Arcturus anchors the constellation Boötes (bo-oh-teez) the Herdsman, and the star’s name means “bear driver.” Boötes is seen chasing the two bears, Ursa Major and Ursa Minor, around the celestial North Pole. To many people the constellation resembles a tie, a kite or an ice cream cone. The head of the herdsman, at the tip of the constellation opposite Arcturus, is the star Nekkar, which sounds somewhat like necktie.

Halfway between Arcturus and the hind leg of Ursa Major is the star Cor Coroli in Canes Venatici the Hunting Dogs. Use binoculars to look for a fuzzy patch halfway between Arcturus and Cor Coroli. This is a globular cluster called M3, the third entry in Charles Messier’s 18th century catalogue of things that resemble a comet but aren’t. This cluster contains half a million stars at a distance of 34,000 light years, nearly a thousand times farther than Arcturus.

This Week in the Solar System

Saturday’s sunrise in Moncton is at 7:03 am and sunset will occur at 7:44 pm, giving 12 hours, 41minutes of daylight (7:08 am and 7:49 pm in Saint John). Next Saturday the Sun will rise at 6:50 am and set at 7:54 pm, giving 13 hours, 4 minutes of daylight (6:55 am and 7:58 pm in Saint John).

The waning crescent Moon is a few degrees below Venus, and nine degrees to the right of Mercury, in twilight on Tuesday, and it is new on Friday. Saturn is a hand span to the lower left of bright Jupiter, with the pair straddling the Teapot asterism of Sagittarius. Mercury rises 50 minutes before sunrise but due to its low altitude you will require binoculars and luck to see it. Mars slides between the Pleiades and Hyades star clusters in the evening sky this week. Use Mars and the Pleiades as a guide to view the zodiacal light angling up from the western horizon about an hour after sunset. You will need a clear, dark sky to see this phenomenon of sunlight reflecting off dust along the ecliptic.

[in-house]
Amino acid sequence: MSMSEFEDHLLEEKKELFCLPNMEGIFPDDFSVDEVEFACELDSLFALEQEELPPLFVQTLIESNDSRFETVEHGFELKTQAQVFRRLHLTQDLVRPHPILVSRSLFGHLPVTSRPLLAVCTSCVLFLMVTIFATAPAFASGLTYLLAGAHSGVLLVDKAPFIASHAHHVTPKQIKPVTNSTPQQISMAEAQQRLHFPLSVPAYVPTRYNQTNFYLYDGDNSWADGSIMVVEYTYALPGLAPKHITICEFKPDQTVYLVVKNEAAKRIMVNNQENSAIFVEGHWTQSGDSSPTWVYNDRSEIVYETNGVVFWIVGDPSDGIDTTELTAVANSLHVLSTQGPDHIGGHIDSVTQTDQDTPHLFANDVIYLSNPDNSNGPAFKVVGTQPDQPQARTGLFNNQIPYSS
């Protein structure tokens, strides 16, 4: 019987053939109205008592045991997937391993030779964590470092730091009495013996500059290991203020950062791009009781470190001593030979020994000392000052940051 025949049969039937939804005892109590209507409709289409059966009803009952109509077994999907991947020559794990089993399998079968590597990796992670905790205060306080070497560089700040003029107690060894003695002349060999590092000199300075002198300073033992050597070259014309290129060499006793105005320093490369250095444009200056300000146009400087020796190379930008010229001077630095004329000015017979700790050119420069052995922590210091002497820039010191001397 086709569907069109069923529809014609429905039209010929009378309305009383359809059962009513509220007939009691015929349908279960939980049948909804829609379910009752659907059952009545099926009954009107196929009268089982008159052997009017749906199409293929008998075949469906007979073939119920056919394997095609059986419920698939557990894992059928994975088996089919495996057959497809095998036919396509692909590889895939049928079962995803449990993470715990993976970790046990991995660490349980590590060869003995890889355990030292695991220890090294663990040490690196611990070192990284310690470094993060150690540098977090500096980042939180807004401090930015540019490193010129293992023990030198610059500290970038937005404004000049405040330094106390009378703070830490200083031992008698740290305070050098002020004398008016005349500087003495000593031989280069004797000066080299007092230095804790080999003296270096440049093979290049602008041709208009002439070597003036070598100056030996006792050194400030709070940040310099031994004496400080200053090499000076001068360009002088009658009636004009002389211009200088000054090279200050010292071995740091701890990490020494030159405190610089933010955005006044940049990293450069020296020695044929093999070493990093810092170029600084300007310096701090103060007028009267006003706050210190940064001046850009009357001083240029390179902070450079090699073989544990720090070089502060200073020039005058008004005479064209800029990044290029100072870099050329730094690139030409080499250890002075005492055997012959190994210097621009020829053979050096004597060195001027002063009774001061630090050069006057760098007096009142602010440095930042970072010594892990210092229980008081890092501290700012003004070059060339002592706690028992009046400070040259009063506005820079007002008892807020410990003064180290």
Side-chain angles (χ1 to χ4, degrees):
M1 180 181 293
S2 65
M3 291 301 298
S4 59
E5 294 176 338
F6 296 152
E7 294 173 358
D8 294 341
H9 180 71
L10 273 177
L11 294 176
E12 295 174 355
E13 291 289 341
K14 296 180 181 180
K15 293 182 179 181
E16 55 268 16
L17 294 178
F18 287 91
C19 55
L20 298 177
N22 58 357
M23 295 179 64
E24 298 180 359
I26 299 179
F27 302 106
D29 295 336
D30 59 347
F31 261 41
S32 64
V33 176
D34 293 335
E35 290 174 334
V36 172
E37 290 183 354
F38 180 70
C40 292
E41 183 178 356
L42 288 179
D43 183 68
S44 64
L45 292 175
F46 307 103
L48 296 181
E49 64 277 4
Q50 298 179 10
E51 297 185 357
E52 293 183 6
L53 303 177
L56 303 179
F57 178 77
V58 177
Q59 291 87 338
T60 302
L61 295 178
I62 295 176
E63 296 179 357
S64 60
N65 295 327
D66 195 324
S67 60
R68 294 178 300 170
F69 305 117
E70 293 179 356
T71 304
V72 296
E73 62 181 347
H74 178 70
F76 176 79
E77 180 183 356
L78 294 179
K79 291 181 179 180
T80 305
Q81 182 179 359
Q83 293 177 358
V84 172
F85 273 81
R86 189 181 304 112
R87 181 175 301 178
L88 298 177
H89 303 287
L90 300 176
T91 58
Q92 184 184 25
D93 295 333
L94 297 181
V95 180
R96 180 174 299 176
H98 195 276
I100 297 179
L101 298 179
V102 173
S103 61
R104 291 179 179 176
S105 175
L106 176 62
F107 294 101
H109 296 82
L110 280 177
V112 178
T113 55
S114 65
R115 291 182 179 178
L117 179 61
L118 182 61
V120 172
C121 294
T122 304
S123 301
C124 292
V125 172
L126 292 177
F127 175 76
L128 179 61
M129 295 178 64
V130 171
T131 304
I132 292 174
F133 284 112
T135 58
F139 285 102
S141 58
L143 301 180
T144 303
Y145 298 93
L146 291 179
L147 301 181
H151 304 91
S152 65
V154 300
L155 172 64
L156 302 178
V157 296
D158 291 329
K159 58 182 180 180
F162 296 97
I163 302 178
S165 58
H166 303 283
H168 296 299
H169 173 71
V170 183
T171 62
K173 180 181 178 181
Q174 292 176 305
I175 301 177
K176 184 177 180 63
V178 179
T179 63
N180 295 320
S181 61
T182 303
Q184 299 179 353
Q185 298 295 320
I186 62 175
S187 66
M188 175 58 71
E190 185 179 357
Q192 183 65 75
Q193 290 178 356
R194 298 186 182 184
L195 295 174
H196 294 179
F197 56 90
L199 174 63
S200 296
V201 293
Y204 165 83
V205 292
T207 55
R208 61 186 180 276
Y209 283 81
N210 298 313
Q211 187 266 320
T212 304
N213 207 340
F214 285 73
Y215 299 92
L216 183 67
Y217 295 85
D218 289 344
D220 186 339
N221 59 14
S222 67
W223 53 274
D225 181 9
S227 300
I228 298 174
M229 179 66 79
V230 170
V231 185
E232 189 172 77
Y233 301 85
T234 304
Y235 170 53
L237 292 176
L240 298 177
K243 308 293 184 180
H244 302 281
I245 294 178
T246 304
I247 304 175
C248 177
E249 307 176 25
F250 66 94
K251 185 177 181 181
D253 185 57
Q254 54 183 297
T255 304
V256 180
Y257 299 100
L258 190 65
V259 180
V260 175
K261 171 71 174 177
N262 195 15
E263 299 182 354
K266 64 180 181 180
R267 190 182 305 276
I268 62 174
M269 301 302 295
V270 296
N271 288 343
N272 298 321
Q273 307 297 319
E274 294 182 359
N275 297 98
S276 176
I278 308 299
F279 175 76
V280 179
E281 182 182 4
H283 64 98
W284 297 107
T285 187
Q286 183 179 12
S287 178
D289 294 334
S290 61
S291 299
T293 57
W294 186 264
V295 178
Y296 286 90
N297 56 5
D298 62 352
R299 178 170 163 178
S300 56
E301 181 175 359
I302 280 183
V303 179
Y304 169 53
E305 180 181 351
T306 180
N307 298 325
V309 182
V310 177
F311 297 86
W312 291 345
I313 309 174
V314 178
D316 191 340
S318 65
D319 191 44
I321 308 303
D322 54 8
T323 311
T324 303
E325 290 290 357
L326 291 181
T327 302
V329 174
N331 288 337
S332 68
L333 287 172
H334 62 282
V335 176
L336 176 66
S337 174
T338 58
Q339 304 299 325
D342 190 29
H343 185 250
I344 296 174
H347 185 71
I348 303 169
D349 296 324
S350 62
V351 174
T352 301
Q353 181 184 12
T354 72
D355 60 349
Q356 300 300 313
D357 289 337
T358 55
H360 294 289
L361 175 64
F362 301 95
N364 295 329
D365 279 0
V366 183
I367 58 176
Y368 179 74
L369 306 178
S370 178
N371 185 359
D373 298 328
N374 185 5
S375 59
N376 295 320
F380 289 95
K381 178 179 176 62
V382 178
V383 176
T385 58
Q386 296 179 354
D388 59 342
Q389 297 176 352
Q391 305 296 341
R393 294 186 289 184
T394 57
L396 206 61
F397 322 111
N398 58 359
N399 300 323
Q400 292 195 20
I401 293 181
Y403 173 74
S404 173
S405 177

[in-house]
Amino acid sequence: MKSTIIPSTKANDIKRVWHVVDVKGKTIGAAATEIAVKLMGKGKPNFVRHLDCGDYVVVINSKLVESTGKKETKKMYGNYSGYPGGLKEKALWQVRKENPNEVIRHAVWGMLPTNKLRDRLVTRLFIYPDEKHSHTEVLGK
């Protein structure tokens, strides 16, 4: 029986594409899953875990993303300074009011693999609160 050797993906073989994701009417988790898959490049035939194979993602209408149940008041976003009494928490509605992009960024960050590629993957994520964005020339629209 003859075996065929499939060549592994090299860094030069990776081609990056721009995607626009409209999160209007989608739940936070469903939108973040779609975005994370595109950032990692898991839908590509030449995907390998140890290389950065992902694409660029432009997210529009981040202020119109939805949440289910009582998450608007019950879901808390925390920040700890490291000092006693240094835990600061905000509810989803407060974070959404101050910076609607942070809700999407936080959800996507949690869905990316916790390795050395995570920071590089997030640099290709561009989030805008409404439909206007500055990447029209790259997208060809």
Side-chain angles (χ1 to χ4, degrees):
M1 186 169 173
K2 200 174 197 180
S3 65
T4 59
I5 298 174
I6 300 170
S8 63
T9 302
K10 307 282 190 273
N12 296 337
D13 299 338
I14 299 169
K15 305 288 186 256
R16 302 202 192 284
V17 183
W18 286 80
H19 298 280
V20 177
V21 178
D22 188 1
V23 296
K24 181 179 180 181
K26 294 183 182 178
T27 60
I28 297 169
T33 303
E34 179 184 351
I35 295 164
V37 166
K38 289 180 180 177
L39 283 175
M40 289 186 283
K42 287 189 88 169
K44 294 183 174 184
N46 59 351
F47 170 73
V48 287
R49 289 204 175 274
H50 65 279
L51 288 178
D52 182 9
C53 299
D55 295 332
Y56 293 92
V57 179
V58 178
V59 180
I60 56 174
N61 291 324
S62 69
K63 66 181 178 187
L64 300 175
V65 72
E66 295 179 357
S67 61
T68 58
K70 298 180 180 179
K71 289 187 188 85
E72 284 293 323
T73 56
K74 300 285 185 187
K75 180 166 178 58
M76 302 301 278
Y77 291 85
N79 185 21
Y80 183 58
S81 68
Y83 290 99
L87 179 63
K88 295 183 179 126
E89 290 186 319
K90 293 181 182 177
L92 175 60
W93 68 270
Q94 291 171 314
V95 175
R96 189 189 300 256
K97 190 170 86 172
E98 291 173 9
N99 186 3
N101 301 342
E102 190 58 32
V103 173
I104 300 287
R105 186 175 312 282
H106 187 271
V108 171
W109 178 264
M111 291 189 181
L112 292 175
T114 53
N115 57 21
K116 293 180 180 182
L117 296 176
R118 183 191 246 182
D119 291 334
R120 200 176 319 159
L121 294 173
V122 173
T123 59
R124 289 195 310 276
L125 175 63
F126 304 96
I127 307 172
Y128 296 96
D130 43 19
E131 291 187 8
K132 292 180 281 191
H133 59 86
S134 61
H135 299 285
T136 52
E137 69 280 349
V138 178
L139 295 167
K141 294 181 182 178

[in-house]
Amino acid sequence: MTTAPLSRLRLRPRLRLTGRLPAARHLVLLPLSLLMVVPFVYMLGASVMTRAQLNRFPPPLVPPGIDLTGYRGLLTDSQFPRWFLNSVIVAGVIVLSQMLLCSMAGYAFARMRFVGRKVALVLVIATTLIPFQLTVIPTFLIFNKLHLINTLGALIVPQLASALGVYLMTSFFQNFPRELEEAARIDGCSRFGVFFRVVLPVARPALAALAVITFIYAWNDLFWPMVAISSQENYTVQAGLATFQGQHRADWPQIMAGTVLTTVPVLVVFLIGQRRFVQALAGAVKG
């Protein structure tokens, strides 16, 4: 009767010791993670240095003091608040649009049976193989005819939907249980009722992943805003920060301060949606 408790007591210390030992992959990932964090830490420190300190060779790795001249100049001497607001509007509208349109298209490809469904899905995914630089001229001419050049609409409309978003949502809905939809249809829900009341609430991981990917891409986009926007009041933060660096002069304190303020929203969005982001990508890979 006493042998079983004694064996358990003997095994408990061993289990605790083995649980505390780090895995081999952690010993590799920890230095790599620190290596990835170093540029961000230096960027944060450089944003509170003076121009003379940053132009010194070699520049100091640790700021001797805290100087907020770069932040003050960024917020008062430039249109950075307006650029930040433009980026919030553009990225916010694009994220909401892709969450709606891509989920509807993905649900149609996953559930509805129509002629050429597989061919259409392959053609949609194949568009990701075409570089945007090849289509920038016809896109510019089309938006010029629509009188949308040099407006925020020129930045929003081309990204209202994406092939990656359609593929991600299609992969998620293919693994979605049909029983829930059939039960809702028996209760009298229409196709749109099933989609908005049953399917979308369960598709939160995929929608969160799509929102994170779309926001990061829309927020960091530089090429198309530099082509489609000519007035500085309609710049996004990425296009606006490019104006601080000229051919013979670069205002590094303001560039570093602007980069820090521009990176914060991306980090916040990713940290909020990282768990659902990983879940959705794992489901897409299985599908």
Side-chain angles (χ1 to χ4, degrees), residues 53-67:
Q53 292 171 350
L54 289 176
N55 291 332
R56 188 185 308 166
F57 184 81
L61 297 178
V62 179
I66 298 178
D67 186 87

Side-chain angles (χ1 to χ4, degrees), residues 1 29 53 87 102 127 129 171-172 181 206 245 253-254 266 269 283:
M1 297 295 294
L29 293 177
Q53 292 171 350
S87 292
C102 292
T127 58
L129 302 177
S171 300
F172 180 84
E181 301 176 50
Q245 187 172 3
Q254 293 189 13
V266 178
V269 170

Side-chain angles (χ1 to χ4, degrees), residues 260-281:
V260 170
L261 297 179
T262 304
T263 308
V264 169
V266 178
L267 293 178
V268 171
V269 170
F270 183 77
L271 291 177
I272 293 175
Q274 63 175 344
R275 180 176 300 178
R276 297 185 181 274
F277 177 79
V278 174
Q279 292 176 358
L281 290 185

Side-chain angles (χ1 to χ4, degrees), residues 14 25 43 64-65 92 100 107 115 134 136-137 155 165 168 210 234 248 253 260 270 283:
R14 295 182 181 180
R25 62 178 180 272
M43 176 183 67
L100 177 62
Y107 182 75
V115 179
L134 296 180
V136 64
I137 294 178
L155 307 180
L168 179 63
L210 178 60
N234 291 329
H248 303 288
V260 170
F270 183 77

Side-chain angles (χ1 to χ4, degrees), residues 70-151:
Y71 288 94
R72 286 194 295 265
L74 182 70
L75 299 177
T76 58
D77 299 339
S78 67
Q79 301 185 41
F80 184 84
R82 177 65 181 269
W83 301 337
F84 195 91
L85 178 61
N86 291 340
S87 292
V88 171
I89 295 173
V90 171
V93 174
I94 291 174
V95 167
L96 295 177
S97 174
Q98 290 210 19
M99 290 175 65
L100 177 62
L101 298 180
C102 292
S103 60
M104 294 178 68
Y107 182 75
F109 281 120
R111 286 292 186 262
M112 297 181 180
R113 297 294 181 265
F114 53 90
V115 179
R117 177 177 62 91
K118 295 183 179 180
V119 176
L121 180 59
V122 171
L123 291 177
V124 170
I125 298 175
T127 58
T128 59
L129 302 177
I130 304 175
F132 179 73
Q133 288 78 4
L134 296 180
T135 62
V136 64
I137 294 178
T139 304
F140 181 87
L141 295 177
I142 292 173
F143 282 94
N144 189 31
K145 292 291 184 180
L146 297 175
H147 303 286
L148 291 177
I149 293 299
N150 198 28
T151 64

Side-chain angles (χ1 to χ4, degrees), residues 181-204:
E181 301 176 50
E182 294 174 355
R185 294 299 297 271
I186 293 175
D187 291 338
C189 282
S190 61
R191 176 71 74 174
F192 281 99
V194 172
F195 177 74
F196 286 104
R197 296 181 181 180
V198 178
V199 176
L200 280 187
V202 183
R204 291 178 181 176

The Saint John Astronomy Club meets in the Rockwood Park Interpretation Centre on April 6 at 7 pm. All are welcome.

Questions? Contact Curt Nason.

Sky at a Glance March 23 – 30

Photo showing some of the constellations beginning with the letter "C" in the night sky.

This Week’s Sky at a Glance, 2019 March 23 – 30 ~by Curt Nason

Around 1930 the International Astronomical Union finalized the official constellations and their boundaries to cover the entire sky. Oddly, 22 of those 88 constellations begin with the letter “C.” Around 9 pm we can see 11 of those and parts of three others, so rather than deep sea fishing let’s go high C hunting. Starting in the west we might catch the head of Cetus the Whale before it sets, and toward the south Columba the Dove hugs the horizon. Meanwhile, Cygnus the Swan flaps a wing above the northern horizon for it never sets completely for us.

Higher in the north the house of Cepheus the King is upright for a change. To his west we see the W-shape of his wife, Cassiopeia the Queen, and above them we might have to strain to see Camelopardalis the Giraffe. Looking southwest, to the left of Orion are his faithful big and little dogs Canis Major and Canis Minor. Barely visible above the little dog is Cancer the Crab, nestled nicely between Gemini and Leo. In the southeast we have Corvus the Crow and Crater the Cup, both of which piggyback on Hydra. Tailing Leo high in the east is Coma Berenices, the locks of distressed Queen Berenice II of Egypt, and dogging Ursa Major is Canes Venatici the Hunting Dogs. Finally, lower in the east, we see the Northern Crown, Corona Borealis.

This episode of Sky at a Glance was brought to you by the letter C and the number 14. As you find each C constellation, count out loud like the Count (One! That’s one C constellation, ah ha ha!), and for each one you find you can reward yourself with … COOKIE!

This Week in the Solar System